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Landscape

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malawi forest and deforestation

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Landscape

  1. 1. FOREST AND DEFORESTATION Compiled by WAPULUMUKA MULWAFU AND JACQUILINE KAMANGA
  2. 2. HISTORICAL BACKGROUND CHANGING FACE OF MALAWI IN DEVELOPMENT FUTURE CHALLENGES IN MALAWI CASE STUDIES :THEORIES OF THE FUTURE
  3. 3. HISTORICAL BACKGROUND
  4. 4.  Malawi is one of the world's least-developed countries  Its economy is based on subsistence agriculture and over 90 percent of its population is rural  According to the U.N. FAO, 34.4% or about 3,237,000 ha of Malawi is forested,  Of this 28.9% ( 934,000 ) is classified as primary forest, the most biodiverse and carbon-dense form of forest.  Malawi had 365,000 ha of planted forest.
  5. 5.  Malawi Forest Figures Forest Cover Total forest area: 3,402,000 ha % of land area: 36.2% Primary forest cover: 1,132,000 ha % of land area: 12.0% % total forest area: 33.3%
  6. 6.  Deforestation is a serious problem in Malawi.  Between 1990 and 2005, the country lost nearly 13 percent of its total forest cover due to fuelwood collection and subsistence and commercial agriculture.  Tobacco farming, which accounts for nearly 80 percent of the nation's export earnings (Trade Environment Database: Malawi Tobacco Industry and the Environment), is sometimes blamed for deforestation, but perhaps more importantly, it saps the country's economy.
  7. 7. CAUSES OF DEFORESTATION  Agricultural activities:  Logging: Logging is the cutting, on-site processing and loading of trees or logs onto trucks or skeleton cars.  Urbanization: Trees are chopped for construction of roads. Overpopulation also affects forest covers, as with the expansion of cities more land is needed to establish housing and settlements.  Forest fires: Hundreds of trees are lost each year due to forest fires in various portions of the world which lead to huge loss of forest cover.
  8. 8. CHANGING FACE OF MALAWI IN DEVELOPMENT
  9. 9. EFFECTS OF DEFORESTATION  Increase in Global Warming: Trees play a major role in controlling global warming. With constant deforestation the ratio of green house gases in the atmosphere increases.  Soil Erosion: With the clearance of tree cover, the soil is directly exposed to the sun, making it dry and easy erosion.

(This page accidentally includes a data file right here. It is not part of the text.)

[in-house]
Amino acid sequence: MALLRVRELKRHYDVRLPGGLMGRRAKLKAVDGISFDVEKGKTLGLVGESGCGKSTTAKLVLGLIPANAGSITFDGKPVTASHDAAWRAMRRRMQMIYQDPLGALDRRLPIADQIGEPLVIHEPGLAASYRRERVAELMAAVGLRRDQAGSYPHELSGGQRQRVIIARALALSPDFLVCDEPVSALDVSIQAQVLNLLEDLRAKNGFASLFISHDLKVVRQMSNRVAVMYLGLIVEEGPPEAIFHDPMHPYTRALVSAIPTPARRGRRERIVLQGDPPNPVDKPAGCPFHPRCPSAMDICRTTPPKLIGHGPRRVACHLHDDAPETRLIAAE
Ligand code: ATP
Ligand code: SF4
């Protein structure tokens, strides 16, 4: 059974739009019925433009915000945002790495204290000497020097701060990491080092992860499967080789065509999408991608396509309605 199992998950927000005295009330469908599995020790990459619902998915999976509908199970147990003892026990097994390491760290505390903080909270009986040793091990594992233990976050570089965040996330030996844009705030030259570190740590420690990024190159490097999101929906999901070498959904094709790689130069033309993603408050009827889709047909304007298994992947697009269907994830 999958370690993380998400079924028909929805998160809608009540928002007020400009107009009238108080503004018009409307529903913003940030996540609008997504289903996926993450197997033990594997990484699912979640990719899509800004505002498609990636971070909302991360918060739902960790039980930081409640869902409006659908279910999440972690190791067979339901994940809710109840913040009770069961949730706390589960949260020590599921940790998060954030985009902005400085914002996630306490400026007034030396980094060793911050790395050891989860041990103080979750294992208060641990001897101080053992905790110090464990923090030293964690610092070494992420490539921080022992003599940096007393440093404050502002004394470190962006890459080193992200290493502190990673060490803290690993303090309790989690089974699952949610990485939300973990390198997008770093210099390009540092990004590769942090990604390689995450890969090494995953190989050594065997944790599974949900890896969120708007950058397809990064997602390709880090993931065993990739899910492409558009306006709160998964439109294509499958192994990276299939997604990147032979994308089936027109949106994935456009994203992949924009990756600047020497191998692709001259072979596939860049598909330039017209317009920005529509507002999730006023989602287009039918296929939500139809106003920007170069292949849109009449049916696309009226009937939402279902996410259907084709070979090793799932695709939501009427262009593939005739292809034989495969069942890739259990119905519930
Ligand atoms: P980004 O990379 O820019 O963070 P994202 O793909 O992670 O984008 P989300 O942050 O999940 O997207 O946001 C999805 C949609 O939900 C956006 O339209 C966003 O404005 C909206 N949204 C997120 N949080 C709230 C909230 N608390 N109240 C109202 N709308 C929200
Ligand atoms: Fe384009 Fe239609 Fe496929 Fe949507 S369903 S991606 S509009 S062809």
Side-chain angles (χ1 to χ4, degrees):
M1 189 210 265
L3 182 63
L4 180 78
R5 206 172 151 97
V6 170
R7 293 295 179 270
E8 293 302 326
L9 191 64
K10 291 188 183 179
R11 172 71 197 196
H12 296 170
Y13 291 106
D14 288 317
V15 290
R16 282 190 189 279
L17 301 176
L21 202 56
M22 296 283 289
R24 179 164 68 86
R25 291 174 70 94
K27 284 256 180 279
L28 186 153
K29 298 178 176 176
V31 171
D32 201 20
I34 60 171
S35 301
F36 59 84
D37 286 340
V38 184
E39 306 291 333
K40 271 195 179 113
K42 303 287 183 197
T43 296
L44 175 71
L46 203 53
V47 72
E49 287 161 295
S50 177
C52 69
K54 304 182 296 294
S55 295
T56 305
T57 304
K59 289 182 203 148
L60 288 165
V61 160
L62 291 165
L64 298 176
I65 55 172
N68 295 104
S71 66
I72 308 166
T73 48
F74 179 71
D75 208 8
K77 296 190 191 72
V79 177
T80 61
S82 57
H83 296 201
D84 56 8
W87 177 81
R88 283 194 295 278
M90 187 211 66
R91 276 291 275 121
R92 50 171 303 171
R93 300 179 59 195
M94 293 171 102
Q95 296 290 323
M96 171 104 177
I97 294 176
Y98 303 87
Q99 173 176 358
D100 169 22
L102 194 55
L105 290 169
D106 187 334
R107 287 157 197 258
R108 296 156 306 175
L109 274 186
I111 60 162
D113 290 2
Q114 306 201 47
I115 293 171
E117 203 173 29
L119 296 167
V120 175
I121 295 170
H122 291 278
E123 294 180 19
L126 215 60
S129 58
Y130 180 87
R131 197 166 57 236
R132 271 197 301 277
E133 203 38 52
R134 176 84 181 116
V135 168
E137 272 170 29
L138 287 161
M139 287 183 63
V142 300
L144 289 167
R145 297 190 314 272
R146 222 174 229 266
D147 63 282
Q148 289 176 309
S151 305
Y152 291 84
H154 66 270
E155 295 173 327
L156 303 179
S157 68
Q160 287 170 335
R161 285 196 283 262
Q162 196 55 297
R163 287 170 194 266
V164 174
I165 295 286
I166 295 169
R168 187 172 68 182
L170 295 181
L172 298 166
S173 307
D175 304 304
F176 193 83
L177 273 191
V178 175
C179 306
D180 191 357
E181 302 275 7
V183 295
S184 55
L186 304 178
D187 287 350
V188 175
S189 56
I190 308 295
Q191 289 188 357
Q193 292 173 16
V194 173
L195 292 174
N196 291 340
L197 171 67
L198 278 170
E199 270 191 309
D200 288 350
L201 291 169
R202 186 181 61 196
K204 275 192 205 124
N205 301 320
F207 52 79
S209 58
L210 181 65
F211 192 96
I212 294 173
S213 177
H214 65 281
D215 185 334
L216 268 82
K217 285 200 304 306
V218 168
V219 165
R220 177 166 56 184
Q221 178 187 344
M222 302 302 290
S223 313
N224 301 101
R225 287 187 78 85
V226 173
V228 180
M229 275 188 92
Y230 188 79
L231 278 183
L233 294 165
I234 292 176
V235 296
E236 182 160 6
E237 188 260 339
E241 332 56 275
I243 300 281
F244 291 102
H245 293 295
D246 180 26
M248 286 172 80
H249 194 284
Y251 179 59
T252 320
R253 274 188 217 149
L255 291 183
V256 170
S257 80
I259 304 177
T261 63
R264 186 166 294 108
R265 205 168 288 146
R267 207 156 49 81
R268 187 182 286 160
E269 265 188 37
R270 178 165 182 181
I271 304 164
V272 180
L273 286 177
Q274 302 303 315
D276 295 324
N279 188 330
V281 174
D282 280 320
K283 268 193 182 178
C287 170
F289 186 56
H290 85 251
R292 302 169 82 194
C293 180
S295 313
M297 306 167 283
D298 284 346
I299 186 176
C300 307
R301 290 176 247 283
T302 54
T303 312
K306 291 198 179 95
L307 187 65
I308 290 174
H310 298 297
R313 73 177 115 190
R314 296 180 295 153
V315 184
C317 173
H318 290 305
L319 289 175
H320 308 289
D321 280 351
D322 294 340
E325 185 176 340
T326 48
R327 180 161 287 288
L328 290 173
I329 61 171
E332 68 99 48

10. 10. EFFECTS CONTI…  Floods: When it rains, trees absorb and store large amount of water with the help of their roots. When they are cut down, the flow of water is disrupted and leads to floods in some areas and droughts in other.  Wildlife extinction: Due to massive felling down of trees, various species of animals are lost. They lose their habitat and forced to move to new location. Some of them are even pushed to extinction.
  11. 11. EFFECTS CONTI…  Increased siltation of rivers and lakes has had a chain reaction on the environment.  Siltation in relation to over-fishing has reduced the number of fish in lake Malawi.  Deforestation has left land susceptible to gully formations.
  12. 12. EFFECTS CONTI…  Droughts have increased periodically due to the disruption in the process of rain formation trees play.
  13. 13. SOLUTIONS TO DEFORESTATION  The best solution to deforestation is to curb the felling of trees, by employing a series of rules and laws to govern it.  Clear cutting of forests must be banned. This will curb total depletion of the forest cover. It is a practical solution and is very feasible.  The cutting must be replaced by planting young trees to replace the older ones that were cut. (afforestation)
  14. 14. FUTURE CHALLENGES IN MALAWI